“You do.” I looked glumly out over the choppy water in the harbor. Three cruise ships were anchored at the docks. A seaplane coasted in and landed in a white spray. I watched as it made its lumbering way to the seaplane port just across the street – as it heaved itself out of the water and up the ramp. Doors opened and more tourists spilled out, blinking and pale in the dazzle. A red motorbike zoomed by on the main road.

“Rainy.” My mother never yelled. She didn’t have to. The only daughter of an army captain, she knew how to use tone.

I just nodded and picked up a jar of pale green jelly. “Jelly! Home-made g’nip jelly! Try a g’nip sir? Have you ever tried one? No? Those green things are g’nips. Go ahead, take one. You’ll be surprised at how good it is.”

Rainy season. School starts. Clouds pile up on the horizon and waves dash over the waterfront. Boats seek shelter in the mangroves and houses grow moldy and damp. Geckos invade the living room, ants swarm in the cereal boxes, and millipedes make their slow way across the walls. My sheets are always damp. The walls take on a grayish tinge. The cistern overflows and water pours in sheets off the gutters. Rain batters the tin roof and we can hardly hear ourselves think. My mother stirs sugar into boiling g’nip juice and then curses when she sees it’s full of sugar ants. “Goddammit Rainy – I tell you time and time again to put the sugar away in the freezer!”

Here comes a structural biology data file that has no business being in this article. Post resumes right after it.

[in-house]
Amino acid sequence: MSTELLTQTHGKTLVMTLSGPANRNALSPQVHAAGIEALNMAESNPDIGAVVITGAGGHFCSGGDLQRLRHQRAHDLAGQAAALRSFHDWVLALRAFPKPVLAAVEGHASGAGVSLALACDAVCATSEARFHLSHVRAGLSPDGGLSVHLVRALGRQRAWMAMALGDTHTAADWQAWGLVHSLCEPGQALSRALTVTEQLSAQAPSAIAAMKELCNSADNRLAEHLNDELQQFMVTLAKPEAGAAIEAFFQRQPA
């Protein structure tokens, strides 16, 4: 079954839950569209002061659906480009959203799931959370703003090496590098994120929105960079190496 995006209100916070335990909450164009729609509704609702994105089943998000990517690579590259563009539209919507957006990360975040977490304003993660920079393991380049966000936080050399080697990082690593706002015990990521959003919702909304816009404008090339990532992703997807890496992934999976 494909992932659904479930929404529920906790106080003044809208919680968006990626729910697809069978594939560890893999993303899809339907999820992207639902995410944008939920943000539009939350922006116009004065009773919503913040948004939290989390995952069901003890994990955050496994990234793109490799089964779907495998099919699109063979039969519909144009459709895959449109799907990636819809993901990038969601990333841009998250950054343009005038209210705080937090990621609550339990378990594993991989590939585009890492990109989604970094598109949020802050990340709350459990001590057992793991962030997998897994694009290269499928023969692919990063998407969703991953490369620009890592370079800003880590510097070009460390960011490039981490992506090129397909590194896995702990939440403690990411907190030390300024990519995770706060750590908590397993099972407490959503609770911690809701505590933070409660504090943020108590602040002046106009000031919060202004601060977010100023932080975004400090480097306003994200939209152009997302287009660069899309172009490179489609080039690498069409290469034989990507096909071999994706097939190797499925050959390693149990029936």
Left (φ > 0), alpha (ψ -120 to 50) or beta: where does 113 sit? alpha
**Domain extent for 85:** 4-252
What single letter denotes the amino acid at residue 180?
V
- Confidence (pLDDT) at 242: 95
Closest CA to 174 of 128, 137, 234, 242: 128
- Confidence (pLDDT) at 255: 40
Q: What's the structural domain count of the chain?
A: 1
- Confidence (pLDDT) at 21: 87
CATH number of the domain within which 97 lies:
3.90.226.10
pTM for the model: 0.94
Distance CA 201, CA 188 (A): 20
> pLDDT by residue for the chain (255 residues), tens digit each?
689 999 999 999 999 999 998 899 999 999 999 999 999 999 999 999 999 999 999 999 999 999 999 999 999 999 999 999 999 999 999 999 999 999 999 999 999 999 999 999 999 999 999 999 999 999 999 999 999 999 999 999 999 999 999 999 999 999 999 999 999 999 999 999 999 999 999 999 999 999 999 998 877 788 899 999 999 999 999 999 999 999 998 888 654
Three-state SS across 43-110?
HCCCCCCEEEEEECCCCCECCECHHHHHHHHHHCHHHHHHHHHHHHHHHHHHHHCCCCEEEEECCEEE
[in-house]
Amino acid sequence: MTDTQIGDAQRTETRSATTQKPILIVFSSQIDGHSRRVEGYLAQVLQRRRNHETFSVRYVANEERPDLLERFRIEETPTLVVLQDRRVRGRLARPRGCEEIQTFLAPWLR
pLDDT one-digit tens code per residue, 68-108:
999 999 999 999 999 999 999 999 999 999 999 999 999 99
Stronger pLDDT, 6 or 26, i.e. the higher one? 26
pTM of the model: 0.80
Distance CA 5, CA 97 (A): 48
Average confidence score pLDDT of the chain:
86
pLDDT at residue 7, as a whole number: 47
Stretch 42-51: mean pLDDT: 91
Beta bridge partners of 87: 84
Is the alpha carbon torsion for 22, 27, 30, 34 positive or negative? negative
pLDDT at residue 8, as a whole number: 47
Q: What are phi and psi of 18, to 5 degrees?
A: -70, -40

I forgot. I draw my knees up to my chin and stare at my homework. It’s math, and the numbers are all muddled in my head.

How many sixteen ounce jars of g’nip jelly can you make from a bushel of g’nips? None, if the sugar has ants in it.

All I can see is his face. Lordy, he’s in my class now. The gods are laughing their asses off at me. Or maybe it’s the devil. In the islands we believe in the devil. When it rains and the sun’s still shining, we say he’s beating his wife. When the boat capsizes it’s the devil playing fool with the waves. When the wind catches the laundry and it flies off the line that’s the devil. Men drink and beat their wives – it’s the devil. Boys and girls hide behind the cinderblock wall and what they do is make devil. Honey – don’t get caught in the back seat with the devil. It’s harder to believe in God. He doesn’t show himself so much. Besides, I believe in many gods, like the Greeks. A god for g’nips, a god for the rain, and a god who rides a red motorbike. He sits three chairs in front of me, and yesterday he looked over his shoulder and he winked at me.

“Rainy, would you mind coming down off your cloud and joining us here in French class?”

I blink and find myself sitting in school. Christmas has come and gone, the Rainy season has ended, and Carnival is just around the corner. The boy I love is sitting behind me. He tugs my hair and says – what cloud were you on, cloud nine? I laugh with the others, but I have no idea what he’s talking about.